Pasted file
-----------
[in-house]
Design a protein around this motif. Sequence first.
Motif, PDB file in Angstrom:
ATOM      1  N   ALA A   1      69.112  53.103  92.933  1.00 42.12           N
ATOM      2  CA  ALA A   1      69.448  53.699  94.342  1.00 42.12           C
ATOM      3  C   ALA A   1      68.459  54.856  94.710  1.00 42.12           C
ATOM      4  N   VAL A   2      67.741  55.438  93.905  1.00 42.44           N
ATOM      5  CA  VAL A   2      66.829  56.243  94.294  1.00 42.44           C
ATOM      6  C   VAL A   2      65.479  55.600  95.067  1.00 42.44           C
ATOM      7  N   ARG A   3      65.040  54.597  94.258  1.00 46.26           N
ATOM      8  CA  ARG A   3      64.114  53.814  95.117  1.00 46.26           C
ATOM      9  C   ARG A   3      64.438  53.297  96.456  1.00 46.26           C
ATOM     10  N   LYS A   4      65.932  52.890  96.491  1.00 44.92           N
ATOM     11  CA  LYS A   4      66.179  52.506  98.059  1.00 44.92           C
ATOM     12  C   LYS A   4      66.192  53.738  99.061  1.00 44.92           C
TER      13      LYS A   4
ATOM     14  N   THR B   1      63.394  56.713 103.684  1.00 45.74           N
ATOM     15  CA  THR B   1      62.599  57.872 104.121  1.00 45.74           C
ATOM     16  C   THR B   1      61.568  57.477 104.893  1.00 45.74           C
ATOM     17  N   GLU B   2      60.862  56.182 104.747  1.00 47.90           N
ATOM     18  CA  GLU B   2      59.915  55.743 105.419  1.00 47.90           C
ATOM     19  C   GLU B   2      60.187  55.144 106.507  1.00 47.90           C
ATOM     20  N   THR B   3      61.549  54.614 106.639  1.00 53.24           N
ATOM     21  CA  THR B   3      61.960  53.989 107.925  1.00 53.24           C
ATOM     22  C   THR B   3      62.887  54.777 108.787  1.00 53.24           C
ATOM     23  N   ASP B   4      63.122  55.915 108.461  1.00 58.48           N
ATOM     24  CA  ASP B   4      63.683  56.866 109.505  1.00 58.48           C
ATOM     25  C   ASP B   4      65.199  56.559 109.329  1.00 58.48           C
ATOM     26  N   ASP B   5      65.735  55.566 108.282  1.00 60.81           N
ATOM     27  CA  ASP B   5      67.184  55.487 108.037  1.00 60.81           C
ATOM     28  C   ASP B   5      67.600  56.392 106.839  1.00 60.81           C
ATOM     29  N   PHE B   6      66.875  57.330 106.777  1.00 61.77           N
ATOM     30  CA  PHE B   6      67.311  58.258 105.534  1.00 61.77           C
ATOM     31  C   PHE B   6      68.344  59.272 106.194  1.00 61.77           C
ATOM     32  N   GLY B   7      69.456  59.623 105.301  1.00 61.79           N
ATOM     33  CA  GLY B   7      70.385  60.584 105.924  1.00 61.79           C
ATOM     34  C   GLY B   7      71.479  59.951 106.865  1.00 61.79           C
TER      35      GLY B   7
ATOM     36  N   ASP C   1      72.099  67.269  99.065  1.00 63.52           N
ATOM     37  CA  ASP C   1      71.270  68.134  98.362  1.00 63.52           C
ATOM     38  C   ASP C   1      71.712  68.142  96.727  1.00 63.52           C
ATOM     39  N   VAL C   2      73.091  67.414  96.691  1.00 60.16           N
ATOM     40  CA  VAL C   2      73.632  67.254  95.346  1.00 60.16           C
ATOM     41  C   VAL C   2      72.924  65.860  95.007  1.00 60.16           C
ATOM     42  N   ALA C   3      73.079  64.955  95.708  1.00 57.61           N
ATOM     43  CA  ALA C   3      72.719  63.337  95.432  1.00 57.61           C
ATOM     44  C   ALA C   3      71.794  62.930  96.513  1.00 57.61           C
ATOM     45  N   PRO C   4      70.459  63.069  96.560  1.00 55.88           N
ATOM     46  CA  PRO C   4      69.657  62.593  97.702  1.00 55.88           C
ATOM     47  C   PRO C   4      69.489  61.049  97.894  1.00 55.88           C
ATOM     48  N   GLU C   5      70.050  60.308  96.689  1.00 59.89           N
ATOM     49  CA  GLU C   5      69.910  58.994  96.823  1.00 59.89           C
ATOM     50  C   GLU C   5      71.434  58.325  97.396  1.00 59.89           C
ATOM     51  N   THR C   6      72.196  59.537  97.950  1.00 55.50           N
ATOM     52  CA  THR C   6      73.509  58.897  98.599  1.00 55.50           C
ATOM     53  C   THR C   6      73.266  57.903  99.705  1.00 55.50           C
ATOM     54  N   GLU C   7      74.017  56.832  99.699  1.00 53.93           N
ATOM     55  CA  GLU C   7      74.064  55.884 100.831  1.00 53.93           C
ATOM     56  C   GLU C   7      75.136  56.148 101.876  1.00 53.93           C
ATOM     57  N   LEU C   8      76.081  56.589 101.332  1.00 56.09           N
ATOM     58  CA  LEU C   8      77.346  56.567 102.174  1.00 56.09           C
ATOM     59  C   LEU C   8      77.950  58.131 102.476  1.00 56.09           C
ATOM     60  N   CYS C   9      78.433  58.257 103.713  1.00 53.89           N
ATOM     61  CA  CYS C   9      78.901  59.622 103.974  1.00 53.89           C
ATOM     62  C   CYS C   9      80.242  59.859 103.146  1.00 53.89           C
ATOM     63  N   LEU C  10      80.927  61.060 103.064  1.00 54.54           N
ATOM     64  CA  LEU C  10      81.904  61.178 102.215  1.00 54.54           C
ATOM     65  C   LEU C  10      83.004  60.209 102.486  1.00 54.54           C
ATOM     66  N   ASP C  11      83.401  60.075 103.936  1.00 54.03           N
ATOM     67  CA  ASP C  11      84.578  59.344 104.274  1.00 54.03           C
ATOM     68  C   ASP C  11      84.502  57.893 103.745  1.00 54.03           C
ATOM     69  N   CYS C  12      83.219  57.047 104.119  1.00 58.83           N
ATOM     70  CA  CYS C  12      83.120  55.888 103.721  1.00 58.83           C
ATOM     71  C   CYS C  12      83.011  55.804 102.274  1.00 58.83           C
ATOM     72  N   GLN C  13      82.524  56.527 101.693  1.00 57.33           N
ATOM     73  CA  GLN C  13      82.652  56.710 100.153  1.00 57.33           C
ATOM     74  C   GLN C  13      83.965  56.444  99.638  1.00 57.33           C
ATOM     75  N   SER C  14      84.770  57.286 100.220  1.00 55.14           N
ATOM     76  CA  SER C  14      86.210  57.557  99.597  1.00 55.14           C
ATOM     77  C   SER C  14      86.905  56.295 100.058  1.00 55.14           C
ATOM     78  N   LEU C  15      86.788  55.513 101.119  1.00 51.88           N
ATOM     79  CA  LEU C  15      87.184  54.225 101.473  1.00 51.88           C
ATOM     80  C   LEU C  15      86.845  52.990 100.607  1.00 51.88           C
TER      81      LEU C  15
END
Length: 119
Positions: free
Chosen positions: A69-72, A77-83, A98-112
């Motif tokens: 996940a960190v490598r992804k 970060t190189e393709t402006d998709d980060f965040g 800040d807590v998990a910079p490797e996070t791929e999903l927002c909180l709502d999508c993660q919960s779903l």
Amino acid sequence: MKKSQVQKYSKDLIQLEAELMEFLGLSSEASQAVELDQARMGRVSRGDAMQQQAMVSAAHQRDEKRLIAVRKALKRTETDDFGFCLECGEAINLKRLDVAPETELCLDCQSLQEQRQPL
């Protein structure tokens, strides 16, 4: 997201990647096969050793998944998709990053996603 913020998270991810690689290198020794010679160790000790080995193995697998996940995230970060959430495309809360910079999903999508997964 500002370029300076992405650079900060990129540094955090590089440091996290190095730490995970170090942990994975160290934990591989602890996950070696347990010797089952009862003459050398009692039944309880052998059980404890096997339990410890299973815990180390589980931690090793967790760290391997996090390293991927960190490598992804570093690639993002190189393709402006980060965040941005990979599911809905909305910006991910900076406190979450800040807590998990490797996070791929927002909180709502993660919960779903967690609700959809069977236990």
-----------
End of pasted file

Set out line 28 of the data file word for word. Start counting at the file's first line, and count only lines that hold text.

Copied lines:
ATOM     25  C   ASP B   4      65.199  56.559 109.329  1.00 58.48           C